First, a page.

Monday, July 29, 2019

Apple to get Intel’s Smartphone Modem Business for $1 Billion

Apple announced on Thursday that it has signed an agreement to acquire the majority of Intel’s smartphone modem business. The deal is worth $1 billion and is expected to close in the fourth quarter of this year. Included in the buyout are 2,200 Intel employees joining Apple, patents and other IP, equipment and leases.

Acquiring Intel’s modem business will provide Apple will over 17,000 wireless patents related to modem architecture and operation. Intel is only selling its smartphone modem business here, with the company still having the ability to create modem for non-smartphone devices like PCs, autonomous vehicles etc.

From the report:
“This agreement enables us to focus on developing technology for the 5G network while retaining critical intellectual property and modem technology that our team has created,” said Intel CEO Bob Swan. “We have long respected Apple and we’re confident they provide the right environment for this talented team and these important assets moving forward. We’re looking forward to putting our full effort into 5G where it most closely aligns with the needs of our global customer base, including network operators, telecommunications equipment manufacturers and cloud service providers.”
By offloading its loss-making smartphone modem business to Apple, Intel would be able to focus its 5G efforts in other areas. Apple and Intel expect the acquisition to complete by the end of this year pending all regulatory approvals.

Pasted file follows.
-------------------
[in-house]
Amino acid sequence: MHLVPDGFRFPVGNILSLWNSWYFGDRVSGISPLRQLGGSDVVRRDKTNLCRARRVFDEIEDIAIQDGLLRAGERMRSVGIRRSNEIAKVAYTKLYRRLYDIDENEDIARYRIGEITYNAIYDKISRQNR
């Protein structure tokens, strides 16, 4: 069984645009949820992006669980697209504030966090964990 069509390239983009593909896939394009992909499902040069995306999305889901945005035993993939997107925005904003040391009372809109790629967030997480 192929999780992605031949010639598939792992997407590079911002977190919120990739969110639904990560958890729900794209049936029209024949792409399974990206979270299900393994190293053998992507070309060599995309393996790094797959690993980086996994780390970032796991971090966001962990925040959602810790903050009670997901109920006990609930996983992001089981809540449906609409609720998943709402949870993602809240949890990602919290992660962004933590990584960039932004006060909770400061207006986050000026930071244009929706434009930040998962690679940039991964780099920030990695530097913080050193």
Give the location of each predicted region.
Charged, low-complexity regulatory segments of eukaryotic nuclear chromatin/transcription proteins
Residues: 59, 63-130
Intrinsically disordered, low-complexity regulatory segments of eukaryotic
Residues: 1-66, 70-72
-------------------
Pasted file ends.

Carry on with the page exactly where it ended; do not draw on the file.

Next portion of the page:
Intel started supplying modem to Apple with the iPhone 7 in 2016. Before that, Apple had long relied on Qualcomm for its baseband requirements but licensing issues with the San Diego company forced it to look for alternatives. While Intel was able to break into Apple’s supply chain, its modem underperformed when compared to that of Qualcomm. With the 2018 iPhone lineup, Apple entirely switched over to Intel for its modem requirements as its tussle with Qualcomm intensified which saw both companies sue each other in a number of countries.

Obviously this deal will require regulatory approval, but should it pass, Apple will hold over 17,000 wireless technology patents, ranging from protocols for cellular standards to modem architecture and operation. Intel will retain the ability to develop modems for non-smartphone products such as PCs, IoT devices and cars.

What do you think ? 


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